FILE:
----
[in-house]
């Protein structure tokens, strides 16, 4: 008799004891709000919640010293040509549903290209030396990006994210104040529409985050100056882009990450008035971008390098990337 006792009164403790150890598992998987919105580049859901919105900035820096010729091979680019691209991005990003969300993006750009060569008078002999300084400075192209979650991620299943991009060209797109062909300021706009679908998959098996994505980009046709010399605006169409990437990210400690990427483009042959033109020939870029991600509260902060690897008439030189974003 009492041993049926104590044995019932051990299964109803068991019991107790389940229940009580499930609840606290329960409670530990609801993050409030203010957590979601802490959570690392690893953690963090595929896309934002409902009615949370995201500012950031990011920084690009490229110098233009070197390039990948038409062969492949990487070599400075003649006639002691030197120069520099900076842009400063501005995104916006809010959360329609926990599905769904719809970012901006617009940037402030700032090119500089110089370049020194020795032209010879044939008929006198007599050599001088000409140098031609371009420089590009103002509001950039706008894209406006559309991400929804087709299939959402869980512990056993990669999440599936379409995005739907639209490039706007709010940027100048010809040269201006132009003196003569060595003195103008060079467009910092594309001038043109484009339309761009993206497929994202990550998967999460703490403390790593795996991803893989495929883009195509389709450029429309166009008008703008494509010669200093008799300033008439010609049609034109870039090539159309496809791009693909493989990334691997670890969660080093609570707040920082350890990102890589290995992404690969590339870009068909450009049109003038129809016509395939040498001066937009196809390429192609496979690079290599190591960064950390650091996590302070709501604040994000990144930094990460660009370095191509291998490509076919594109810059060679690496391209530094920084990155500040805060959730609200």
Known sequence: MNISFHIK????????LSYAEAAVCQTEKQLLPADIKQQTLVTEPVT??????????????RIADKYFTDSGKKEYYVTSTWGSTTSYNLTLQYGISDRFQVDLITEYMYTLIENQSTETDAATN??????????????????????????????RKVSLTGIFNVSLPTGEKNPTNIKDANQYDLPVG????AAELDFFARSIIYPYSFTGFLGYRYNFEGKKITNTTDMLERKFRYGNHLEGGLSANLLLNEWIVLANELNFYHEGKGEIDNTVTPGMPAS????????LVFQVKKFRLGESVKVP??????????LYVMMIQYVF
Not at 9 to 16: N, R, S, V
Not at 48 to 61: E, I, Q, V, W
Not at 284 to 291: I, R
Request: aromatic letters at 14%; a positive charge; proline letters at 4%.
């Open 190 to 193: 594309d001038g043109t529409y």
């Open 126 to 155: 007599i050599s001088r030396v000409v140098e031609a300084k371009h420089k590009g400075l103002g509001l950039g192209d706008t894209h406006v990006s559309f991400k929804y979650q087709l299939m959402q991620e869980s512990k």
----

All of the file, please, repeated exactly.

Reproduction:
[in-house]
């Protein structure tokens, strides 16, 4: 008799004891709000919640010293040509549903290209030396990006994210104040529409985050100056882009990450008035971008390098990337 006792009164403790150890598992998987919105580049859901919105900035820096010729091979680019691209991005990003969300993006750009060569008078002999300084400075192209979650991620299943991009060209797109062909300021706009679908998959098996994505980009046709010399605006169409990437990210400690990427483009042959033109020939870029991600509260902060690897008439030189974003 009492041993049926104590044995019932051990299964109803068991019991107790389940229940009580499930609840606290329960409670530990609801993050409030203010957590979601802490959570690392690893953690963090595929896309934002409902009615949370995201500012950031990011920084690009490229110098233009070197390039990948038409062969492949990487070599400075003649006639002691030197120069520099900076842009400063501005995104916006809010959360329609926990599905769904719809970012901006617009940037402030700032090119500089110089370049020194020795032209010879044939008929006198007599050599001088000409140098031609371009420089590009103002509001950039706008894209406006559309991400929804087709299939959402869980512990056993990669999440599936379409995005739907639209490039706007709010940027100048010809040269201006132009003196003569060595003195103008060079467009910092594309001038043109484009339309761009993206497929994202990550998967999460703490403390790593795996991803893989495929883009195509389709450029429309166009008008703008494509010669200093008799300033008439010609049609034109870039090539159309496809791009693909493989990334691997670890969660080093609570707040920082350890990102890589290995992404690969590339870009068909450009049109003038129809016509395939040498001066937009196809390429192609496979690079290599190591960064950390650091996590302070709501604040994000990144930094990460660009370095191509291998490509076919594109810059060679690496391209530094920084990155500040805060959730609200």
Known sequence: MNISFHIK????????LSYAEAAVCQTEKQLLPADIKQQTLVTEPVT??????????????RIADKYFTDSGKKEYYVTSTWGSTTSYNLTLQYGISDRFQVDLITEYMYTLIENQSTETDAATN??????????????????????????????RKVSLTGIFNVSLPTGEKNPTNIKDANQYDLPVG????AAELDFFARSIIYPYSFTGFLGYRYNFEGKKITNTTDMLERKFRYGNHLEGGLSANLLLNEWIVLANELNFYHEGKGEIDNTVTPGMPAS????????LVFQVKKFRLGESVKVP??????????LYVMMIQYVF
Not at 9 to 16: N, R, S, V
Not at 48 to 61: E, I, Q, V, W
Not at 284 to 291: I, R
Request: aromatic letters at 14%; a positive charge; proline letters at 4%.
């Open 190 to 193: 594309d001038g043109t529409y």
């Open 126 to 155: 007599i050599s001088r030396v000409v140098e031609a300084k371009h420089k590009g400075l103002g509001l950039g192209d706008t894209h406006v990006s559309f991400k929804y979650q087709l299939m959402q991620e869980s512990k």